The new E-Class, apparently solidly built with conservative but not boring lines
The new E-Class, apparently solidly built with conservative but not boring lines

Mercedes-Benz E220d, car review: Reminiscent of past glories

After some serious controversies in recent years, this new model has impressive qualities that suggest Mercedes-Benz are engineering some of the quality back into their cars

Sean O'Grady
Thursday 16 June 2016 10:26
Comments

Time was when, if you wanted a sports saloon you bought a sports saloon; if you wanted a comfy limo, you bought a comfy limo, and if you wanted a car that would do both you’d be thought a little eccentric.

No longer. Or at least for a price: £35,935 in the case of the Mercedes-Benz E220d, the latest iteration of a long Benz tradition, that of the big saloon with a beefy and economical diesel engine. With its “Dynamic Select” set-up, you can choose whether the driving characteristics of your car should be focused on economy, or comfort, or sportiness, or “sportiness plus”. You can pick one even when you’re on the move, with a fairly rapid response. You can also tailor it to your own individual requirements. I experimented with comfort for everything except the steering, which was left in sport mode. Suited me.

These different personalities are quite distinct so. Of them all, the “Eco” setting is the strangest and slowest, taking you right back to a 1960s classic Mercedes airport taxi: unbreakable but proceeding very much at its own pace. Sport Plus is just too frenetic, though handy when you need it, and Sport and Comfort speak for themselves. It’s difficult to believe all these very different engine, gearbox, suspension and steering responses are all there lurking in the electronics of this new E-Class, but driving is believing.

The ‘Eco’ setting is the strangest and slowest, taking you right back to a 1960s classic Mercedes airport taxi

What is constant are impressive qualities that suggest Mercedes-Benz are engineering some of the quality back into the cars. Even by their standards the “Designo Hyacinth Red” paintwork had a rich, lustrous quality to it, as did all of the interior materials and the various, again switchable, digital displays. One disappointment for me was that I found it difficult to find and work the climate controls, which, unusually, are a little less intuitive than the sat nav and entertainment systems. As usual the DAB reception was a bit hit and miss, but that’s not the car’s fault. I also found the parking sensors were a little hyperactive, alerting me to obstacles while turning that actually didn’t exist. No idea why, and more than a bit disconcerting. Tends to shake your confidence in the rest of the car a bit.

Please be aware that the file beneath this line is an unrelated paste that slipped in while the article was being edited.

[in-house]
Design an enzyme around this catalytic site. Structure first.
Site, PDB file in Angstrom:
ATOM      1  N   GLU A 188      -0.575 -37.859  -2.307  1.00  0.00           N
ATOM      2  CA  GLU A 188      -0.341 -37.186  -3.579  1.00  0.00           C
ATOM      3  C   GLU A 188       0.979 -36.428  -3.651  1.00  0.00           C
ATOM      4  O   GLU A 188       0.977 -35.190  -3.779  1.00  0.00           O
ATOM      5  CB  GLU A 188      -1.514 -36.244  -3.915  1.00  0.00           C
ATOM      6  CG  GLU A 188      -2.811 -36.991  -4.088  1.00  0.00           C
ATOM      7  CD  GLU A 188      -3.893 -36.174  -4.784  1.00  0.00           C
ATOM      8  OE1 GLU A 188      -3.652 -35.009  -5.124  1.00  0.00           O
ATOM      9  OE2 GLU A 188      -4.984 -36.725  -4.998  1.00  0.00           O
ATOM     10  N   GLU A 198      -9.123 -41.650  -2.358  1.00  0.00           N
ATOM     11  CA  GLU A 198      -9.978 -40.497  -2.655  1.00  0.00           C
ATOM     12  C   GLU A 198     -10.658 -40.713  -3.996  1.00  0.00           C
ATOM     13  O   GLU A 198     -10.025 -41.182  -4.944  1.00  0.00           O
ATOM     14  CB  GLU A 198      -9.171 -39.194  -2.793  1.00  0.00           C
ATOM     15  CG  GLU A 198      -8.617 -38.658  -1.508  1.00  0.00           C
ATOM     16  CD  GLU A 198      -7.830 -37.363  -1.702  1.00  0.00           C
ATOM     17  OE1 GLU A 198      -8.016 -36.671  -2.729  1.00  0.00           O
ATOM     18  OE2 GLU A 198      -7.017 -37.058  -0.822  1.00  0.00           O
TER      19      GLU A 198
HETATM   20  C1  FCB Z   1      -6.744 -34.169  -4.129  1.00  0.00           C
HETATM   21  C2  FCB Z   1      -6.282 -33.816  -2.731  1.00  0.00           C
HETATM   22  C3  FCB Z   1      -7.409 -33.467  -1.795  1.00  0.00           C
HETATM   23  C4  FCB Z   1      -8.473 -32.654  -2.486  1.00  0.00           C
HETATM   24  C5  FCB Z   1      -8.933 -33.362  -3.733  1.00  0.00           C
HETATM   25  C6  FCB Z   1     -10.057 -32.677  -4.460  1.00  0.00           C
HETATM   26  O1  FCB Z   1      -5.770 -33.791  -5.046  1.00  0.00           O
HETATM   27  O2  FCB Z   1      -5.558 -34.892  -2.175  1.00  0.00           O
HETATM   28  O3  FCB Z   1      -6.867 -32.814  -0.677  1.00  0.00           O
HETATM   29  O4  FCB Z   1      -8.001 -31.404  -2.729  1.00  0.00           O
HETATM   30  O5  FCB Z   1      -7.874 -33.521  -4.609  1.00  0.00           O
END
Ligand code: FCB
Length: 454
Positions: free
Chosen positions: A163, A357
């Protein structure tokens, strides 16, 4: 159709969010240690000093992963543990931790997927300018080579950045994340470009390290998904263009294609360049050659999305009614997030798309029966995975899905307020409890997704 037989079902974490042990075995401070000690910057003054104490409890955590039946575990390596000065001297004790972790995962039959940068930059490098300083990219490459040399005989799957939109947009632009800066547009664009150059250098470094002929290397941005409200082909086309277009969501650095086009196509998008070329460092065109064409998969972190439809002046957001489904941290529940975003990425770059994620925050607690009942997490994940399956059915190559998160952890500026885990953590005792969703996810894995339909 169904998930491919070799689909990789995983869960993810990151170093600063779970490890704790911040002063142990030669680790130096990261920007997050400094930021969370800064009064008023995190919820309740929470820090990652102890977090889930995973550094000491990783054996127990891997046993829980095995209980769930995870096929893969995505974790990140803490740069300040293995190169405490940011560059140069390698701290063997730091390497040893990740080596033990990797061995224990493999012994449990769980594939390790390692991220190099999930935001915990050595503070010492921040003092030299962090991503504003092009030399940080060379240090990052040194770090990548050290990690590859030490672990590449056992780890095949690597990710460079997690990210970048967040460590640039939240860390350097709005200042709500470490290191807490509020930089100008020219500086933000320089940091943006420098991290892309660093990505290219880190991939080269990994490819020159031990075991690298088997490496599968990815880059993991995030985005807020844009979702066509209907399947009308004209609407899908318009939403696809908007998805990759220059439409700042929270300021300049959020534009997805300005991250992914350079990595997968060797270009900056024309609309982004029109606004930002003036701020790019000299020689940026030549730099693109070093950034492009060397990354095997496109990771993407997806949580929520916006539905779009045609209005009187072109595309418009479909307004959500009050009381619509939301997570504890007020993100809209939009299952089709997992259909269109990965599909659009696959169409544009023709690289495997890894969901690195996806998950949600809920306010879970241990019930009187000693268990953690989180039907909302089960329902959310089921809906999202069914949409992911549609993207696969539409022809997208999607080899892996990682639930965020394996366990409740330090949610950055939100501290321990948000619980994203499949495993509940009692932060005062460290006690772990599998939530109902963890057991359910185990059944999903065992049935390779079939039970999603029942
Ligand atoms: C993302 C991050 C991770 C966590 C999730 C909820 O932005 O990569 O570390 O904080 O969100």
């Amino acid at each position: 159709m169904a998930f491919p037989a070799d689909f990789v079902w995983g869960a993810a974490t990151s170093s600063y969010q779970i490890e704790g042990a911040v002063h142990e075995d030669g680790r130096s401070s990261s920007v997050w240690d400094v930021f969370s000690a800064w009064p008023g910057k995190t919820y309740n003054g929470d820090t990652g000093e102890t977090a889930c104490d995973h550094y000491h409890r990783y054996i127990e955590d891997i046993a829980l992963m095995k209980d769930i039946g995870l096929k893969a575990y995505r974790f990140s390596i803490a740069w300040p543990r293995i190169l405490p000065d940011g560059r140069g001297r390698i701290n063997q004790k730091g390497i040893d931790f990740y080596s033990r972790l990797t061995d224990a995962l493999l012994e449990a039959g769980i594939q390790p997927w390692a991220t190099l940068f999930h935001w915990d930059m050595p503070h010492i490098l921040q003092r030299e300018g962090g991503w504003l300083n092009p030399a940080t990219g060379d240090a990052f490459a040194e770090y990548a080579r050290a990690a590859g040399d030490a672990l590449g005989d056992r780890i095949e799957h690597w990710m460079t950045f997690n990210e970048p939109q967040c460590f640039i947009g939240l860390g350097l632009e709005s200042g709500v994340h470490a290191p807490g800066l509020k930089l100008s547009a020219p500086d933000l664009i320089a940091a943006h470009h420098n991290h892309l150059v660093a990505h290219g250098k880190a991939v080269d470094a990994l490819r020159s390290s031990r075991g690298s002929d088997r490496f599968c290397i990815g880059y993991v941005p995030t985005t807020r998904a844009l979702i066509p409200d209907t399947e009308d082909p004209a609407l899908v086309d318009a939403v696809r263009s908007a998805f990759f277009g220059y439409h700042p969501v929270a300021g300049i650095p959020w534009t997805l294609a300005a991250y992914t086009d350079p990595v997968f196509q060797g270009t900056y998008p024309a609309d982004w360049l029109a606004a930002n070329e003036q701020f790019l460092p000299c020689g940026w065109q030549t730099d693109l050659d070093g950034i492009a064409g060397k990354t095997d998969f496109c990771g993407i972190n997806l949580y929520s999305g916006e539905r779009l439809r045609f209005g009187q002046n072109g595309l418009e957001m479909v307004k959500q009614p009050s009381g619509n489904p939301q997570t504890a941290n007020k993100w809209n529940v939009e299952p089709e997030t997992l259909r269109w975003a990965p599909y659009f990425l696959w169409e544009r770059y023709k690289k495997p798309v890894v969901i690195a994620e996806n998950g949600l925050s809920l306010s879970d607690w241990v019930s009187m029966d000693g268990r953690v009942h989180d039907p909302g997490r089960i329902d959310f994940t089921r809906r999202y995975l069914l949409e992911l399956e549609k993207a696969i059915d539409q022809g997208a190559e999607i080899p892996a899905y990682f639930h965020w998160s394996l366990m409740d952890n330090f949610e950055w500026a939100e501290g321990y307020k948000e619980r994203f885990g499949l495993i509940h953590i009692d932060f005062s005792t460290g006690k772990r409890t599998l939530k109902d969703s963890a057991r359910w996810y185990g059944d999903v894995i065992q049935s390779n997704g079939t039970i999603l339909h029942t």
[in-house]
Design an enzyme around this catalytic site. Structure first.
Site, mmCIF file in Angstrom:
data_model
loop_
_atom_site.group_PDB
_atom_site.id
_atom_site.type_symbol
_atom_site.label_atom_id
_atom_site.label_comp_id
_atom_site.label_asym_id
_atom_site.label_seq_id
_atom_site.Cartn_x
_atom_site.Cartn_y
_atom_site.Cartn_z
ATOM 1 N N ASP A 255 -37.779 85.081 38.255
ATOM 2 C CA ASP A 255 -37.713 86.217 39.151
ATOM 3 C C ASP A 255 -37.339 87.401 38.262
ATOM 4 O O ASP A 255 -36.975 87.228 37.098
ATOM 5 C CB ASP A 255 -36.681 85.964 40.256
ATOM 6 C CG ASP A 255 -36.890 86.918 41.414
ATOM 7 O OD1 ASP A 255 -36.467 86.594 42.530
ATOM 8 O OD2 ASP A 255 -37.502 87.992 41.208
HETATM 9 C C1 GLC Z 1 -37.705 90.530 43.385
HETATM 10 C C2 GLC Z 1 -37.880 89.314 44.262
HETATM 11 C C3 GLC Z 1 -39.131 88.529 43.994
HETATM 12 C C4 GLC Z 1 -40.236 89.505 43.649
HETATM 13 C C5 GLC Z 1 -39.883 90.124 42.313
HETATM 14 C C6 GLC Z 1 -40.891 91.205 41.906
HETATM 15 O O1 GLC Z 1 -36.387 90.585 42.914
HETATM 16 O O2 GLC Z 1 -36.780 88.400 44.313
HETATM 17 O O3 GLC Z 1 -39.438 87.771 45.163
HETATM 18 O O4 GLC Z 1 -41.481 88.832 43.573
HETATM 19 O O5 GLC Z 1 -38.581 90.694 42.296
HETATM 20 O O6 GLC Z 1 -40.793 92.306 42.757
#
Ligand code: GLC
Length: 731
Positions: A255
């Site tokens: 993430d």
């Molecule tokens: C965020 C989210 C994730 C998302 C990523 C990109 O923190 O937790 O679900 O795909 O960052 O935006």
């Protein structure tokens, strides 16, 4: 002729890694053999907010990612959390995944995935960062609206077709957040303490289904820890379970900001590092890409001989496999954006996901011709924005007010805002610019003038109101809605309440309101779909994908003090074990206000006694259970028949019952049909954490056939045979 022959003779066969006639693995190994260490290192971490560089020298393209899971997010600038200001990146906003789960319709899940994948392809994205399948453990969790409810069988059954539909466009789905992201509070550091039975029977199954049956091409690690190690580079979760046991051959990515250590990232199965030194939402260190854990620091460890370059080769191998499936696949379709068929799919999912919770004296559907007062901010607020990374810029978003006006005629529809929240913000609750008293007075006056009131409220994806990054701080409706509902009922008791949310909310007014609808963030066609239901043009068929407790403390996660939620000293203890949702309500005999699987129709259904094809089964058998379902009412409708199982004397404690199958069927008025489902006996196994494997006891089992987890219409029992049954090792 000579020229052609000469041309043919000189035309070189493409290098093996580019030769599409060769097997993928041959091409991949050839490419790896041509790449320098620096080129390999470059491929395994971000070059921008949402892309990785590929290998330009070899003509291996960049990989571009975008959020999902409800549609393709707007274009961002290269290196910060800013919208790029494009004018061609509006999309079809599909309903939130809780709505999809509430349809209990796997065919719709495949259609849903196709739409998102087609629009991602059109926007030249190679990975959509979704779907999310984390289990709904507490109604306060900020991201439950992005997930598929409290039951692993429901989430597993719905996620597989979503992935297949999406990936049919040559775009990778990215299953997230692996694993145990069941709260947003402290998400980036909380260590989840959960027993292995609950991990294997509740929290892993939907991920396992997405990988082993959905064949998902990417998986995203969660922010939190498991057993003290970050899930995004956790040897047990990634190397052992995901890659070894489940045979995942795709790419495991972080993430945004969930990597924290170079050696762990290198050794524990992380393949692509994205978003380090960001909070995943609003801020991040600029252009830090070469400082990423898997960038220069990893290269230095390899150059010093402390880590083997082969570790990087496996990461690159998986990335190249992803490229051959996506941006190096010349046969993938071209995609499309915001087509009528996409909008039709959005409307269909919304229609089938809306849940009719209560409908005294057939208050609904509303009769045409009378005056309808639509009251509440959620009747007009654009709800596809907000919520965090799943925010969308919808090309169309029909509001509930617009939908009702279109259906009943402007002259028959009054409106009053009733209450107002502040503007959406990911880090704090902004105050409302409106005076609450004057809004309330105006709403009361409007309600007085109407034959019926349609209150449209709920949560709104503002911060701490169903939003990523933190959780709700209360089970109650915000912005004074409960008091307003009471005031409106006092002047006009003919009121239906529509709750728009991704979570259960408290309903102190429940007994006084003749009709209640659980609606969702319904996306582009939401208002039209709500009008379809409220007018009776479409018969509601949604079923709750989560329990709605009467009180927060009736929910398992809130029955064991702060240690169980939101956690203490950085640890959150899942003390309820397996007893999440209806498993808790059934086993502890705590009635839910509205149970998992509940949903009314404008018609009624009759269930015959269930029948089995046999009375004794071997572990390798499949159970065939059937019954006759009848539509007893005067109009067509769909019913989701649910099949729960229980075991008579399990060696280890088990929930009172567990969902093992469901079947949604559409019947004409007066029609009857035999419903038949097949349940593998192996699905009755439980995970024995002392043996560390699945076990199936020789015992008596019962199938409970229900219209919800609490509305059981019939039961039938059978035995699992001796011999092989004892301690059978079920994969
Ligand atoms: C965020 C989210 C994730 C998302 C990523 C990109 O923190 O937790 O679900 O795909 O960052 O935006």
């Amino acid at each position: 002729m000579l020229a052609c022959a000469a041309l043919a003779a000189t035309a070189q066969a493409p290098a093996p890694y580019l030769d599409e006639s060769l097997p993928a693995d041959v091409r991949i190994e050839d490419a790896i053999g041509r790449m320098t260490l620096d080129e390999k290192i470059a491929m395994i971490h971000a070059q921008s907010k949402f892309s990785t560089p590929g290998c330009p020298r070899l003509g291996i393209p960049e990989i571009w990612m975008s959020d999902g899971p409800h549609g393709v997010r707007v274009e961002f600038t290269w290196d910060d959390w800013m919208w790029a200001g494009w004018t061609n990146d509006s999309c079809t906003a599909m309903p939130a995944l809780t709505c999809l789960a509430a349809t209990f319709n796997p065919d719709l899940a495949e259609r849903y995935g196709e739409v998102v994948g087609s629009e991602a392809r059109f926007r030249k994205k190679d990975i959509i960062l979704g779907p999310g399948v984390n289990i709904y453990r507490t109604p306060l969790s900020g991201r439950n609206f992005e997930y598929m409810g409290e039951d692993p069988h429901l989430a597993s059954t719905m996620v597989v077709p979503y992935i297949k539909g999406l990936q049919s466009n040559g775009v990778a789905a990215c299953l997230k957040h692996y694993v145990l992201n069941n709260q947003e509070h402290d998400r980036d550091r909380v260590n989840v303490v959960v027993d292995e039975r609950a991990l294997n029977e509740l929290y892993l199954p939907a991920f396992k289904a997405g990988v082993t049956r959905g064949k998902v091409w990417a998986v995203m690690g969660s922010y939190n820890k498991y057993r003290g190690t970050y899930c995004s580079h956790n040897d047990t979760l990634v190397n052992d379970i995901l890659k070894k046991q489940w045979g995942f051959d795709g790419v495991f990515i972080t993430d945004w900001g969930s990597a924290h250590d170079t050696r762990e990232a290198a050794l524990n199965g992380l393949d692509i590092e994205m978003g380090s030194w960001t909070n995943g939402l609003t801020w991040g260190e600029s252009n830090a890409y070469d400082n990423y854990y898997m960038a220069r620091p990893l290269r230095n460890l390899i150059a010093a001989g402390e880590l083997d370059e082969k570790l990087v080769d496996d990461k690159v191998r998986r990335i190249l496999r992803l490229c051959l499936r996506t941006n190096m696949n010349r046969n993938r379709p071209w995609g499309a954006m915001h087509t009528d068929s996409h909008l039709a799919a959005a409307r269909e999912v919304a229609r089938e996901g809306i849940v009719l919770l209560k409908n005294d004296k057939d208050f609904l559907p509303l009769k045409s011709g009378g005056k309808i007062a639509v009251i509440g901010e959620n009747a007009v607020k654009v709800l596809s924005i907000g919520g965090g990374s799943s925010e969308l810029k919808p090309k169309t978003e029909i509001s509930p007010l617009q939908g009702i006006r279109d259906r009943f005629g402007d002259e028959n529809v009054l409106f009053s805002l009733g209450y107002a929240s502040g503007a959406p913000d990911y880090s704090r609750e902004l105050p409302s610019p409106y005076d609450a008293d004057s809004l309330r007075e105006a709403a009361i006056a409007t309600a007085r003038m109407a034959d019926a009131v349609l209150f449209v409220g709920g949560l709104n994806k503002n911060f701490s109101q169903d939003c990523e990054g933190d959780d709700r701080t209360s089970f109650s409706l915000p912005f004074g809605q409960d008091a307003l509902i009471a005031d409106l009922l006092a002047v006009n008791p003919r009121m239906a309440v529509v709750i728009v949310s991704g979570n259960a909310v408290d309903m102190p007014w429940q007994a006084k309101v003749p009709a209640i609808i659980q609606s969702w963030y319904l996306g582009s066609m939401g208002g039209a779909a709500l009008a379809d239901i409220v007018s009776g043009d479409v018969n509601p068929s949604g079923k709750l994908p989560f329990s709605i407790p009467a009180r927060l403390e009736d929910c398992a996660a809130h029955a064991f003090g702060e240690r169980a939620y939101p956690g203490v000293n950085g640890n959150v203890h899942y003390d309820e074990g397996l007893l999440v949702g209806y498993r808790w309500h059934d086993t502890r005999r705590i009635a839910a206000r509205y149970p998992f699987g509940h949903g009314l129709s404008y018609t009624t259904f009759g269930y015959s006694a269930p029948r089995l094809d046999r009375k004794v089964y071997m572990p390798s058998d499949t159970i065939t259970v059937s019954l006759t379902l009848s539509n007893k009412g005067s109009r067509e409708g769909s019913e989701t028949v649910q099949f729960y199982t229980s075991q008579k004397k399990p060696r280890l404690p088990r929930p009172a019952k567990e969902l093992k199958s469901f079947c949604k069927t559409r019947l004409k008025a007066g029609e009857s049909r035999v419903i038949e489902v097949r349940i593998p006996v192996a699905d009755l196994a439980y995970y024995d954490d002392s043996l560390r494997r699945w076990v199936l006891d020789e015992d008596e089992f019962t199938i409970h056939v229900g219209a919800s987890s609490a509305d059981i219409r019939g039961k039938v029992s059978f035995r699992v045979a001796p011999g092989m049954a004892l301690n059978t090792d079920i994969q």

Mercedes-Benz have been busily invading every niche and sub-niche and micro-niche of the new car market in recent years, packing in every conceivable cross-breed, mating saloons with SUVs to create some ugly little cross-overs, as well as miniaturised saloon/coupes and gigantic convertibles. Like deranged genetic engineers, they seem unable to control themselves. The process that began with the little and innovative A-Class almost two decades ago must be reaching its conclusion now. Yet the staple for profits is the E-Class, and within that the top-selling 220d variety, now with a new engine too. They have been building this model and its predecessors for many decades now, mostly successfully, with a clear line of ancestry. There were some issues, quite serious ones, with corrosion and spontaneous combustion a few years ago, and hopefully those tales of the unexpected are history now. The new E-Class, apparently solidly built with conservative but not boring lines – the full-on grille sees to that – seems to reconnect Mercedes-Benz more surely with past glories. I hope it lasts, especially the electronics.

Price: £35,935 (£45,595 as tested)

Engine capacity: 2 litre 4 cyl diesel

Power output (hp @ rpm): 194@3,800

Top speed (mph): 149

0-62 mph (seconds): 7.3

Fuel economy (mpg): 72.4

CO2 emissions (g/km): 102

Register for free to continue reading

Registration is a free and easy way to support our truly independent journalism

By registering, you will also enjoy limited access to Premium articles, exclusive newsletters, commenting, and virtual events with our leading journalists

Already have an account? sign in

By clicking ‘Register’ you confirm that your data has been entered correctly and you have read and agree to our Terms of use, Cookie policy and Privacy notice.

This site is protected by reCAPTCHA and the Google Privacy policy and Terms of service apply.

Join our new commenting forum

Join thought-provoking conversations, follow other Independent readers and see their replies

Comments

Thank you for registering

Please refresh the page or navigate to another page on the site to be automatically logged inPlease refresh your browser to be logged in